Dbrand takes a jab at Nothing with a little Something of its own

Dbrand's new "Something" phone skin
(Image credit: Dbrand)

What you need to know

  • Dbrand released a new phone skin and case called "Something."
  • The new phone skin looks extremely similar to the Nothing phone (1) which Dbrand has made clear they know.
  • Dbrand also makes clear that it did not "steal" anything, it's only "creatively reinterpreted" a design.

Dbrand can come with products that show greatness and include a joke in one breath. Its latest release is the "Something" skin and it is strikingly similar to the Nothing phone (1).

The skin and case creator company's tagline for this new Something skin is: "it's better than nothing." This is very clearly a direct jab at the Nothing phone (1) and they continue this trend by stepping on some of the phone's shortcomings. 

The skin's page features a couple of short blurbs to pique one's interest in the new product. Dbrand begins the round with, "imagine trying to break into the smartphone market. Turns out, having less money than Apple makes it a little difficult." Dbrand is nothing if not a company with its finger on the pulse. It is also acutely aware of why the Nothing phone (1) isn't coming to the U.S.

Dbrand "Something" skin on the Galaxy S22 Ultra, iPhone 13 Pro Max, and Pixel 6 Pro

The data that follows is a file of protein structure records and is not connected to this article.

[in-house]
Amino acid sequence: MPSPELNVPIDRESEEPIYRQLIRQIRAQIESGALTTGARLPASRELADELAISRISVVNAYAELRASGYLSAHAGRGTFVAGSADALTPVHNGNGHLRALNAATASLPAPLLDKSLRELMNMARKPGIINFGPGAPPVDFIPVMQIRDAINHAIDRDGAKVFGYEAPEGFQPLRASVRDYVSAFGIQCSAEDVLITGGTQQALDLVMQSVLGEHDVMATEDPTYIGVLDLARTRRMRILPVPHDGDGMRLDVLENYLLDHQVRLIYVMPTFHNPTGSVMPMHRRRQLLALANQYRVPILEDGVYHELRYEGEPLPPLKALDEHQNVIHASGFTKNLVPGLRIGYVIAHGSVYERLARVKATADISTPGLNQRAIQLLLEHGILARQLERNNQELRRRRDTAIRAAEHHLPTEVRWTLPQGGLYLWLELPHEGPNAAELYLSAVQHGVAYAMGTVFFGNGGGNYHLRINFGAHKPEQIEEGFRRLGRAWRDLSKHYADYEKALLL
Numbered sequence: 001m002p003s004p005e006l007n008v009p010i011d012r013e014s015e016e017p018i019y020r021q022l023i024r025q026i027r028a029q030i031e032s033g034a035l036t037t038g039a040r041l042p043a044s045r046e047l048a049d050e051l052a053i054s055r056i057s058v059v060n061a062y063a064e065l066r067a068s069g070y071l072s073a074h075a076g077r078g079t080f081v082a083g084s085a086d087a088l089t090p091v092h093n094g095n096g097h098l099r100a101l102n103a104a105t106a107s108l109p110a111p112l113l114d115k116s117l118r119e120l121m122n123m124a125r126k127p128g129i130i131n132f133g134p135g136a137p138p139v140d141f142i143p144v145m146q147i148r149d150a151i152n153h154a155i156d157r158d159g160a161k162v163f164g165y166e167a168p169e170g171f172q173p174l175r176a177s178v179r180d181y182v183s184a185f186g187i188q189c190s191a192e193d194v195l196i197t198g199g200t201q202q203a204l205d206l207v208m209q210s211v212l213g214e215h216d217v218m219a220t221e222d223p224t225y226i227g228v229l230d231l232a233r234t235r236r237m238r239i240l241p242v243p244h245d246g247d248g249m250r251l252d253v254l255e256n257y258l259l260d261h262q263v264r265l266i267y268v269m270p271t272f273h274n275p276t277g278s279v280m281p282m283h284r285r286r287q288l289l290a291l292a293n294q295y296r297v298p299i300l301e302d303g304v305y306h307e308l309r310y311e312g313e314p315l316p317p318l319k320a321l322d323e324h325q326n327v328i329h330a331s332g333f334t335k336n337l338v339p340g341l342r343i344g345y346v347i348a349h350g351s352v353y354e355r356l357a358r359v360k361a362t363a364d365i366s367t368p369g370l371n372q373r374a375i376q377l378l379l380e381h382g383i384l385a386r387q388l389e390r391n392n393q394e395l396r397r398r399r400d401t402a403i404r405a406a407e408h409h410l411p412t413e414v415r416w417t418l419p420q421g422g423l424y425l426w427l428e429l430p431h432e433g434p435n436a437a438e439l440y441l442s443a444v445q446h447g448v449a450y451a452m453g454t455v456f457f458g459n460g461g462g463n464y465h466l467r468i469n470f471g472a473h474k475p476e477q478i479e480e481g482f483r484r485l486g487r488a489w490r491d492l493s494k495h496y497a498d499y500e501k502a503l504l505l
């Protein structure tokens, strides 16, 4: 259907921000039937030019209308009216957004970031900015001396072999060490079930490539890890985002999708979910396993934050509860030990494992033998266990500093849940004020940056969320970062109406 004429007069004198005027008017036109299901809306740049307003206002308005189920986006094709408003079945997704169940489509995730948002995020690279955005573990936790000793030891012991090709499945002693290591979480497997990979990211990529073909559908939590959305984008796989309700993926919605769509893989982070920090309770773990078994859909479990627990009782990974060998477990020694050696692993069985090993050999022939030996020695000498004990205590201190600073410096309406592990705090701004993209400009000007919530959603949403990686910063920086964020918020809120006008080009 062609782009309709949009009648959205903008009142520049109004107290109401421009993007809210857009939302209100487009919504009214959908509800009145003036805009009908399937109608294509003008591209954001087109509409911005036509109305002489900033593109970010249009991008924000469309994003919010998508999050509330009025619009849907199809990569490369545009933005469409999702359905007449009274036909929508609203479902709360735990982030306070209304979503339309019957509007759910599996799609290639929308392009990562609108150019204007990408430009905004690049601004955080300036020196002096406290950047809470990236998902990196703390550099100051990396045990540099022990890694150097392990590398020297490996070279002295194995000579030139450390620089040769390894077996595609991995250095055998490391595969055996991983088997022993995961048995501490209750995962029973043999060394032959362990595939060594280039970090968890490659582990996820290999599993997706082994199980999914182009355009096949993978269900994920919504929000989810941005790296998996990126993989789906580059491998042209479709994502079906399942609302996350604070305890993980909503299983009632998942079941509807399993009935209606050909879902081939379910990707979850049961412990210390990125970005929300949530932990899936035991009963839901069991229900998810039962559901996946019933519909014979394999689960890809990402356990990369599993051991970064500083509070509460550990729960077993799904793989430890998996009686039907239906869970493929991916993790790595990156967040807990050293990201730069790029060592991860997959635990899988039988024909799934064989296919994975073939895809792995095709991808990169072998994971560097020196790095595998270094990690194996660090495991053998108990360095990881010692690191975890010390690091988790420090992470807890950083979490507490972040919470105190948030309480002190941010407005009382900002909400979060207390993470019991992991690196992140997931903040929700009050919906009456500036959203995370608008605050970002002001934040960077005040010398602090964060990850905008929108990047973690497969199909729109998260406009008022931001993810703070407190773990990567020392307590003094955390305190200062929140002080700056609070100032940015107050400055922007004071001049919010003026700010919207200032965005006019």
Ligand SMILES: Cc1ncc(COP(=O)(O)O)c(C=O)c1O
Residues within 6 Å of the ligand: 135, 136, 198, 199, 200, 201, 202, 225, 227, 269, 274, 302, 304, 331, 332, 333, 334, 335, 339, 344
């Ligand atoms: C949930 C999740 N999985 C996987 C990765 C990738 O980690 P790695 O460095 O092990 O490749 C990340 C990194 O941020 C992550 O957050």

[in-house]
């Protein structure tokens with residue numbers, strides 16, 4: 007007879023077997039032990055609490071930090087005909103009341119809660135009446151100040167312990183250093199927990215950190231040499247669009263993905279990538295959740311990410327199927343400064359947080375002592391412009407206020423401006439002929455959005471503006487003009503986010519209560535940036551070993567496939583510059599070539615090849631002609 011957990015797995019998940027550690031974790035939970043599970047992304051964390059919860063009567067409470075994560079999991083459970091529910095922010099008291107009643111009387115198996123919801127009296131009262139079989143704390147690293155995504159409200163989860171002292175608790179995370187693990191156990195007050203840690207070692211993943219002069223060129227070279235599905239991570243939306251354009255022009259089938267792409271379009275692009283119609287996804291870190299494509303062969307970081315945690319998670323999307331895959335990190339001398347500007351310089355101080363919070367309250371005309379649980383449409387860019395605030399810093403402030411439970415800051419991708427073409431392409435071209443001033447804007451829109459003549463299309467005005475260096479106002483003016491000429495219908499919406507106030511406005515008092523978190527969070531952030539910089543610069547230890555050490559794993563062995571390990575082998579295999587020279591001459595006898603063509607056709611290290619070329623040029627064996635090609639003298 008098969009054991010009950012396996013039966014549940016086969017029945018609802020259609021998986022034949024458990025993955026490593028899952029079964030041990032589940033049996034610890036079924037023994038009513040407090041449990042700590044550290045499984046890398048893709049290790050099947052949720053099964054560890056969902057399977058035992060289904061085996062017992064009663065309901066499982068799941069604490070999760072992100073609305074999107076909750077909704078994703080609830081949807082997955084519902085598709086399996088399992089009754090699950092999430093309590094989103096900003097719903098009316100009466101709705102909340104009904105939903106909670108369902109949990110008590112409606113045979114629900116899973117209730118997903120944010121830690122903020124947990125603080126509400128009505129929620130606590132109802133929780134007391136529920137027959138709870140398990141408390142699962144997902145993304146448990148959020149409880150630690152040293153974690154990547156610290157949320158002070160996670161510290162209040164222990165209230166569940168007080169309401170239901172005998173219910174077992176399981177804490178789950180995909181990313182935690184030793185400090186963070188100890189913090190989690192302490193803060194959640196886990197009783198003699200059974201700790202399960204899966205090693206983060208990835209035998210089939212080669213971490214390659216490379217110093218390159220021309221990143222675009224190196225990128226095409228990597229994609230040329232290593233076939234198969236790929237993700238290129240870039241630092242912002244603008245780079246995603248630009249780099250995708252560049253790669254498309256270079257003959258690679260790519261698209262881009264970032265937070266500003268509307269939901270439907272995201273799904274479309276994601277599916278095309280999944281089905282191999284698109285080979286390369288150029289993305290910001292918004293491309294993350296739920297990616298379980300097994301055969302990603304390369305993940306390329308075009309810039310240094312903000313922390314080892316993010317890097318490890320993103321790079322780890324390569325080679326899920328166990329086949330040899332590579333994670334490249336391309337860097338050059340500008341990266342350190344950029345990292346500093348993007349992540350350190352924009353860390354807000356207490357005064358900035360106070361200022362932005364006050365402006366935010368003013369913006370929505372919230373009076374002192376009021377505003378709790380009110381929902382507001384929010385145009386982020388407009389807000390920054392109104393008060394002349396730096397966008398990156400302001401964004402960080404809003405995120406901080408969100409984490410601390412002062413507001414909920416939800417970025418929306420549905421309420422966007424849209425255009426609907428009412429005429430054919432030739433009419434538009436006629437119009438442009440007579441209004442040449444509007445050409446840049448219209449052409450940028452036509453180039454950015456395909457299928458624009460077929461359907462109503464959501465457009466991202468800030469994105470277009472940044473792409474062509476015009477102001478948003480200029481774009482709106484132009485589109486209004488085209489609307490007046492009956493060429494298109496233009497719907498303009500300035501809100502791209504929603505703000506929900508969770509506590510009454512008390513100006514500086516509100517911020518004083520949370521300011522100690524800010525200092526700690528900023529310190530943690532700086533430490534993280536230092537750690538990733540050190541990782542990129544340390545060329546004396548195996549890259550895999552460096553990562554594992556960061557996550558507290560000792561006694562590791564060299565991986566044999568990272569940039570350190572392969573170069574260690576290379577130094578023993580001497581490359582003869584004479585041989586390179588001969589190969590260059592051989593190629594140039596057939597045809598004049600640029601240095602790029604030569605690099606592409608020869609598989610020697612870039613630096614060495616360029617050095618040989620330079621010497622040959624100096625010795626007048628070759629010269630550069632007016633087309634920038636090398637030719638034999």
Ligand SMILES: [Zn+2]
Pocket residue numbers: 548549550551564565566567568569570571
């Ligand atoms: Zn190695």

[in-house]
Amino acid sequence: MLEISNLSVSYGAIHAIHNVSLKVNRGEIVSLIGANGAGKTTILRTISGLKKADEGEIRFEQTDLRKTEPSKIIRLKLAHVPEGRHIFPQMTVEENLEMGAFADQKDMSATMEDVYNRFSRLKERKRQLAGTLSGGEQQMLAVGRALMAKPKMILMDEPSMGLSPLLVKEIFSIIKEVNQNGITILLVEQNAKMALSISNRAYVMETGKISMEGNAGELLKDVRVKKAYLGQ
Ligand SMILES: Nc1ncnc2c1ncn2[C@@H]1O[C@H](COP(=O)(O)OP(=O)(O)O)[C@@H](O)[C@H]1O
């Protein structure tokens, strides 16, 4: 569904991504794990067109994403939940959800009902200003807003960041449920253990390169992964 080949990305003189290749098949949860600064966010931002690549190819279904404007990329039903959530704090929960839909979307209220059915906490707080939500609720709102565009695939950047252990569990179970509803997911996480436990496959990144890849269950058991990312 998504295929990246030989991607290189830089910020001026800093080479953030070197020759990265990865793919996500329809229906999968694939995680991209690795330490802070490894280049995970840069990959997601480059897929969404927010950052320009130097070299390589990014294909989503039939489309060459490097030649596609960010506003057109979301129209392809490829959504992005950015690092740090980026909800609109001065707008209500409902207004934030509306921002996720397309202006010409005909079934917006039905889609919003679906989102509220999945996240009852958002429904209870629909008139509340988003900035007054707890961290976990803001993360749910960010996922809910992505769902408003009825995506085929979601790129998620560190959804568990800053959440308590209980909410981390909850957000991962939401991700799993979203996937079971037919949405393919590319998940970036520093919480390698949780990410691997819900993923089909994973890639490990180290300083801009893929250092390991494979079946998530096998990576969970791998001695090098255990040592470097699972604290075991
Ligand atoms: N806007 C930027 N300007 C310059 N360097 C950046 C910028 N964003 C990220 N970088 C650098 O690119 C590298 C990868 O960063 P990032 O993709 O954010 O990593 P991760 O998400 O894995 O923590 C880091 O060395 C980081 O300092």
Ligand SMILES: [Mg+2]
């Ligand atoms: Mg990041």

(Image credit: Dbrand)

Dbrand's Something skin is available for the iPhone 13 Pro Max, Pixel 6 Pro, and Galaxy S22 Ultra. So, they've hit some of the best smartphones with this skin, or case, product. Comparing the look of Dbrand's skin and the Nothing phone (1), one would see a striking resemblance - and they've shown they know it.

The company continues with the idea of plagiarism. It knows that people could say they stole another company's design but as its rebuttal goes, "we stole nothing." That could be seen as a sentence with a double meaning considering the skin's design and previous statements made by Dbrand.

Dbrand's statement that "plagiarism is not a crime" is one piece of the pie. According to Cornell Law School, "plagiarism is not illegal in the United States in most situations." However, the law school goes on to explain that "plagiarism can warrant legal action if it infringes upon the original author's copyright, patent, or trademark."

Android Central has reached out to Nothing for a comment but did not immediately get a response. 

Nickolas Diaz
News Writer

Nickolas is always excited about tech and getting his hands on it. Writing for him can vary from delivering the latest tech story to scribbling in his journal. When Nickolas isn't hitting a story, he's often grinding away at a game or chilling with a book in his hand.